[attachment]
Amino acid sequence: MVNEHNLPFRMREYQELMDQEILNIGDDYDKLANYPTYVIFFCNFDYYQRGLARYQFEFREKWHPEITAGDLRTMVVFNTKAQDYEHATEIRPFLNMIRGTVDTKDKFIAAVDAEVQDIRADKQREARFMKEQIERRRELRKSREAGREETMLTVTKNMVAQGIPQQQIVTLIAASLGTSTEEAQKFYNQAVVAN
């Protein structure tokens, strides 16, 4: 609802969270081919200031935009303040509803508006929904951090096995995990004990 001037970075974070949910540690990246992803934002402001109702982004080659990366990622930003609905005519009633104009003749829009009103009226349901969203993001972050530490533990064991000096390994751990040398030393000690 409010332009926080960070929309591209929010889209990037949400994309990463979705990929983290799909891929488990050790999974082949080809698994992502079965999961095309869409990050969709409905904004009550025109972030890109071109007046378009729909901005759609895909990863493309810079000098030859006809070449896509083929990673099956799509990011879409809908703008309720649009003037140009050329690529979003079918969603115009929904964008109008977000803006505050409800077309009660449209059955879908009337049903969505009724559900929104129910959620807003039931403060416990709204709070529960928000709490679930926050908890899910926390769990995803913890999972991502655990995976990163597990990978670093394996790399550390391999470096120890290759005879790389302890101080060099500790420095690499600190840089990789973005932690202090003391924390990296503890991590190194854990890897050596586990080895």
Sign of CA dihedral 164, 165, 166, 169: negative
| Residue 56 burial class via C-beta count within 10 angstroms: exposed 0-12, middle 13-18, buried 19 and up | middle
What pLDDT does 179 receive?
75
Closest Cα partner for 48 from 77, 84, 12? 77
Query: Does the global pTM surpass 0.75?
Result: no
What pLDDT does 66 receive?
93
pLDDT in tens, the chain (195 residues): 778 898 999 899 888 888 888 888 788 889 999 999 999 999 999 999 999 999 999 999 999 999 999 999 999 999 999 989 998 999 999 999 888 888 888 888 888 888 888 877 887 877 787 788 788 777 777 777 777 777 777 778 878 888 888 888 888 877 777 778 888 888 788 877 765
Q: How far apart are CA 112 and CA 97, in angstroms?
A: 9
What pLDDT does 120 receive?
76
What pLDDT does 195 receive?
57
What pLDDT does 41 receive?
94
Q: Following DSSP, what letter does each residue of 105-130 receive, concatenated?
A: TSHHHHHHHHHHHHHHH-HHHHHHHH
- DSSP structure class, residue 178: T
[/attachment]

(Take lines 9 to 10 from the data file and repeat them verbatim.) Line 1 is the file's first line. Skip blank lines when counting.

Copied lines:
Result: no
What pLDDT does 66 receive?